Following-up on other people, especially in your business email or website, can further make us look more reliable. It shows that we are steadily selling ourselves or our product with more consistency. In this episode, host Ken Courtright discusses the rewards of doing follow-ups and why we should not give up at refilling our potential clients or customers with more information.
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I wanted to share something that I don’t hear and spoke of often. This is the power of a good follow-up. I got back from Las Vegas and I was at an event called CEO Space where I’m a faculty. We go out throughout the week and we mentor people. We have breakfast and lunch meetings. We even share in what’s called “See-Me” cards. If you have a lead for someone, you give them a “See-Me” card and it says, “See me and I can refer you to so and so.” Hundreds of people will get home from this event and I got a funny feeling they’re going to do what I did the first couple of times. They’re going to go right into their daily routine, Monday through Friday, the home to work and they might miss following up with someone via an email, phone call or text.
They might miss another piece of business or a great future contact. I was going through some of my processes. I followed up with at least 24 people and I started realizing, “I don’t know how many people have a systemized method to the follow-up.” We’re on episode 87 and I’m going to call this The Powerful Follow-up. The bottom line is a great follow-up can make a deal. A poor or no follow-up altogether could break a deal. I’m going to go through a series of statements that I used purposefully that you can use, replicate and find incredibly beneficial in bettering the chance of you gaining a client or a customer. We’re going to set the stage. How many times have you been to a meetup, general conference, lead’s breakfast or something and someone handed you a business card and is under the assumption that you’re going to follow-up?A great follow-up can make a deal. A poor or no follow-up altogether could, no question, break a deal. Click To Tweet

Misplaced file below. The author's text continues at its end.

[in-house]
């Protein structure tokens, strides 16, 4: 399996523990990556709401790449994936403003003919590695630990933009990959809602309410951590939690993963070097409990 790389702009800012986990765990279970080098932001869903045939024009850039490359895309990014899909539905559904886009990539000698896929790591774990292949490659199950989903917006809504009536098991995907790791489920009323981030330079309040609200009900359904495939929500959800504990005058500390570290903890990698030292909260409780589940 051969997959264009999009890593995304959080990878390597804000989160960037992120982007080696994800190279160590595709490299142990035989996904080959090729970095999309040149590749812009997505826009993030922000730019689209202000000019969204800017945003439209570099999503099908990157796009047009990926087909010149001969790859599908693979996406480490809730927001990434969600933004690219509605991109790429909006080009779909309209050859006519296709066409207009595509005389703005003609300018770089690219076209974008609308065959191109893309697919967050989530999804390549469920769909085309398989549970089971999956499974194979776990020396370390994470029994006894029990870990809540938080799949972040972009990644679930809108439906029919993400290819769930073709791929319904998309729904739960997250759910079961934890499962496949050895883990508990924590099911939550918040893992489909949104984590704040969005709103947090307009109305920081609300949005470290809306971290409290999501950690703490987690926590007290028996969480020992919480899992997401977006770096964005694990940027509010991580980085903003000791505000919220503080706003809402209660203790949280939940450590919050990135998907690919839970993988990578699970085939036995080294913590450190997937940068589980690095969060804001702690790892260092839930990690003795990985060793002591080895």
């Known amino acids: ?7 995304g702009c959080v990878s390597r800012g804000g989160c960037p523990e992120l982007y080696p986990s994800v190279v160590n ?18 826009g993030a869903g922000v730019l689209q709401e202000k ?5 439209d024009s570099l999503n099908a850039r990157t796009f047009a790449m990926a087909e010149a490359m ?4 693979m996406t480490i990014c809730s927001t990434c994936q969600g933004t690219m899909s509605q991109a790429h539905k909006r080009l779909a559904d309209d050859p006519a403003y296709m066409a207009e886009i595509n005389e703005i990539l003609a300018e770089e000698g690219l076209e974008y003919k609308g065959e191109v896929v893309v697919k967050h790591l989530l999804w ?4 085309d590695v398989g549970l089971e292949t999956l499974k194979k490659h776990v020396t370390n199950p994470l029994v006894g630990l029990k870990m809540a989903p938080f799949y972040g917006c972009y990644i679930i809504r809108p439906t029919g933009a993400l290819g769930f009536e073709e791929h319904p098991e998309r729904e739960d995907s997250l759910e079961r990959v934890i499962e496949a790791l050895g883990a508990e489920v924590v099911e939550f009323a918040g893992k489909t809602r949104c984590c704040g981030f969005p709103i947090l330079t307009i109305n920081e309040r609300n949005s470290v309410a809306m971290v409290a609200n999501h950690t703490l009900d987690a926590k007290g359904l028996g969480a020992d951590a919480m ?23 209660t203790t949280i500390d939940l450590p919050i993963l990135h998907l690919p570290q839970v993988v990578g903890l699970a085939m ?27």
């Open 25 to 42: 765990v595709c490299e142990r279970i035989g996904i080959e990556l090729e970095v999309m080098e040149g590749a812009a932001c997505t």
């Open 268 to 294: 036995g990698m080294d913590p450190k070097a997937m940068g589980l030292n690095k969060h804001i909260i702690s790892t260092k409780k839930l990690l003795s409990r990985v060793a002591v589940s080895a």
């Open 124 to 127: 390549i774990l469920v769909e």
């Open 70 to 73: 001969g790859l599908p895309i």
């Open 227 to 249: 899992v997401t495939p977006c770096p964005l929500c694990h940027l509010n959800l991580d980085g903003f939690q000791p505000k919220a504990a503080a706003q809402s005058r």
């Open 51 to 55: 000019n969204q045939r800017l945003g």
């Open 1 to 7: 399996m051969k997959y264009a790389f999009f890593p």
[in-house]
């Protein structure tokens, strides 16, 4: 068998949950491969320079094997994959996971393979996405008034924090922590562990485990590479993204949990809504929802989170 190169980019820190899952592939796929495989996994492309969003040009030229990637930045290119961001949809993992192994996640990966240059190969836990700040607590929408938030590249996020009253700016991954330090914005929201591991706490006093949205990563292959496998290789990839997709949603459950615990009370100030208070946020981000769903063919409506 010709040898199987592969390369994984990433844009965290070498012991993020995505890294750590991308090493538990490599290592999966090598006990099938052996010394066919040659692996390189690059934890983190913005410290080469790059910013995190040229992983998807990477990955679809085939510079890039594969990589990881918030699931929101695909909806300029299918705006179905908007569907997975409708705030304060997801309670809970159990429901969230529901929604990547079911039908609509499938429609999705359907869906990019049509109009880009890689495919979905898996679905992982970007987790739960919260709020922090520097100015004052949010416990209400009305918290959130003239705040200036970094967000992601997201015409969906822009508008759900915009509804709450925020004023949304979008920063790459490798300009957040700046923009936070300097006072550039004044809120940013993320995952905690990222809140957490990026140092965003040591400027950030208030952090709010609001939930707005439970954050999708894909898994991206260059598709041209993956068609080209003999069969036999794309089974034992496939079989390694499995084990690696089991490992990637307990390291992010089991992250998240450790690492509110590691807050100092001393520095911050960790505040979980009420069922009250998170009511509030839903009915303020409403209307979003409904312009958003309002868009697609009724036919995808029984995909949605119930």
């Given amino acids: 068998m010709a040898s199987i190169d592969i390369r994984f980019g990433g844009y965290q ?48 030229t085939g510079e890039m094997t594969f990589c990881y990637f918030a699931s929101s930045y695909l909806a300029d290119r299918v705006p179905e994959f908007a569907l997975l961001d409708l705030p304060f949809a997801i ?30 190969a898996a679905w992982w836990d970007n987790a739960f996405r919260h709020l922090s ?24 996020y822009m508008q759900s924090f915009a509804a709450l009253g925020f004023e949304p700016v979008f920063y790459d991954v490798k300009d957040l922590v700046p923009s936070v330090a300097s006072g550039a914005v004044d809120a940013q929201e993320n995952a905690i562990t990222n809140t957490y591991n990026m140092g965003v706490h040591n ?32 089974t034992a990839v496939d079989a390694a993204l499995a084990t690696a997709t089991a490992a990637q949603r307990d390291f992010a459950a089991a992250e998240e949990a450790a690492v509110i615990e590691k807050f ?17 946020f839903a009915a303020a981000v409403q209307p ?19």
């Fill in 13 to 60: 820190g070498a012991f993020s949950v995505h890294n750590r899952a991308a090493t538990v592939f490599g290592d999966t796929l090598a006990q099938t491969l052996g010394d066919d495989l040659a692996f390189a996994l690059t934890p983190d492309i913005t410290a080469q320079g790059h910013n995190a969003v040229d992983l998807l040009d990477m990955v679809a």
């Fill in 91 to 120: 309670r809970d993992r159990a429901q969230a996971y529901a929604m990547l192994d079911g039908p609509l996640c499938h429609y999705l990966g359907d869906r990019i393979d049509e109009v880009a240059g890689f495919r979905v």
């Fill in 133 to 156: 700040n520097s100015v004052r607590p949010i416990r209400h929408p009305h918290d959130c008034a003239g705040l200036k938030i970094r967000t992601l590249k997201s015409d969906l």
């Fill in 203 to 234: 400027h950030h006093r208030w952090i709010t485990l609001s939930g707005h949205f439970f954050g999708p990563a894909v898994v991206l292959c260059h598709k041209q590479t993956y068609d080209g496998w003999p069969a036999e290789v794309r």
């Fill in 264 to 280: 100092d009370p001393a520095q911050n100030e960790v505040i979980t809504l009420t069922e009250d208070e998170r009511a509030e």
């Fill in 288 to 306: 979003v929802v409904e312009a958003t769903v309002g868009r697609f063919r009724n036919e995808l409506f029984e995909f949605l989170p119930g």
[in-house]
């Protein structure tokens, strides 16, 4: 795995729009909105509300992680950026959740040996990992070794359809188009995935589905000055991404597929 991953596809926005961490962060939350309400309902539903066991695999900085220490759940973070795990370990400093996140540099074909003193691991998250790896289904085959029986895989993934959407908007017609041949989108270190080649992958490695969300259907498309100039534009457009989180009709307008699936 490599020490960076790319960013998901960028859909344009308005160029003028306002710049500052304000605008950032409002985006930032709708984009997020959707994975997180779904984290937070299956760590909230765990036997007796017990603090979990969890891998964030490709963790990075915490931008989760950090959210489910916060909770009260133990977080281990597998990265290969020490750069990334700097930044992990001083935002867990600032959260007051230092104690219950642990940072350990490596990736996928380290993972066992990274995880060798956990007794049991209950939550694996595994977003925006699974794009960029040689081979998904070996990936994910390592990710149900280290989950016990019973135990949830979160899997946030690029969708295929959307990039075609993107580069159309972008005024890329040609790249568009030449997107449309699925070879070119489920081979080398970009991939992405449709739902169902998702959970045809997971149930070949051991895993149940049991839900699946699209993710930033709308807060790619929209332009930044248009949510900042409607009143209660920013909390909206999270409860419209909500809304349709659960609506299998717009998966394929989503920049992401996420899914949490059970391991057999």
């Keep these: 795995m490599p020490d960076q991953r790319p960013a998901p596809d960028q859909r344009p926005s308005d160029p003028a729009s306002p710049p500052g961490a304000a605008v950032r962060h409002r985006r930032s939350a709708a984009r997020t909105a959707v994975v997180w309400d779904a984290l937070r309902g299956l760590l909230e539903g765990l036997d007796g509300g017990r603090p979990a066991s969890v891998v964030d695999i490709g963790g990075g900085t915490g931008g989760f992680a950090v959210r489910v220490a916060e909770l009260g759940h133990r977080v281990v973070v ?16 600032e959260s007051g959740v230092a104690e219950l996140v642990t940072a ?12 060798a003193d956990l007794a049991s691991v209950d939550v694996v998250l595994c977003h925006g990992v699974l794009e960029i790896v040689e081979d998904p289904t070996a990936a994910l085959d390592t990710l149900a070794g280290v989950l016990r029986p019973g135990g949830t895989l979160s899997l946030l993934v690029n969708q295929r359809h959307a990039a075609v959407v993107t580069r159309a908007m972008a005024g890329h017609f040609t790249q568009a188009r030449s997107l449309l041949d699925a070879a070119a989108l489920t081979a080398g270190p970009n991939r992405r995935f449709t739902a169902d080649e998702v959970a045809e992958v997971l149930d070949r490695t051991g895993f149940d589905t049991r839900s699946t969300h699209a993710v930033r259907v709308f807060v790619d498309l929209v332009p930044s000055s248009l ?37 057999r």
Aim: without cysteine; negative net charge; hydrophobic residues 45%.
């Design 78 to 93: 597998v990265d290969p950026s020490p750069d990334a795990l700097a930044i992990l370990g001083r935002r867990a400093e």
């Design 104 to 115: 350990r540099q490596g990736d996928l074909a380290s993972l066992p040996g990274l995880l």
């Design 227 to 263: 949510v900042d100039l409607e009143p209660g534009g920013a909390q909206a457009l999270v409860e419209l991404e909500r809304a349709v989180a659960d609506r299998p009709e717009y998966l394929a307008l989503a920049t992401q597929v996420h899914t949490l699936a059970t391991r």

I’m going to go through a series of statements and then give you the psychological reason why I use it and then if you can use it, great. Hopefully, you can. The first thing that I used a number of times goes like this, “I was studying you, your website and your industry…” I can’t tell you how many times in emails I wrote this. I would finish that sentence with, “I didn’t understand this,” or “What it looks like to me is this,” or “I was studying you and I didn’t notice…” or “I was studying your website and I might have missed it. Did I see a link to Facebook or something?” You must mention thereafter what you did find or what you didn’t find. This is huge because it shows you’re not rushing into a quick sale.
A lot of people in a follow-up, they’re going to type the person’s email and say, “It’s great meeting you at the conference. If you’d like to learn more about me, here’s the link to my website. Here are my products. I can give you a discount code.” It’s all about you. The number one rule of a follow-up is you don’t mention anything about you. You mentioned what you found out about them. It’s amazing when you show the world you’re not rushing into a sale. It shows you are logical, you’re not emotional and your eyes are off yourself and on them. I cannot stress the importance of starting with something like that. The second phrase, “I was trying to see if any of our products or services are a good fit.”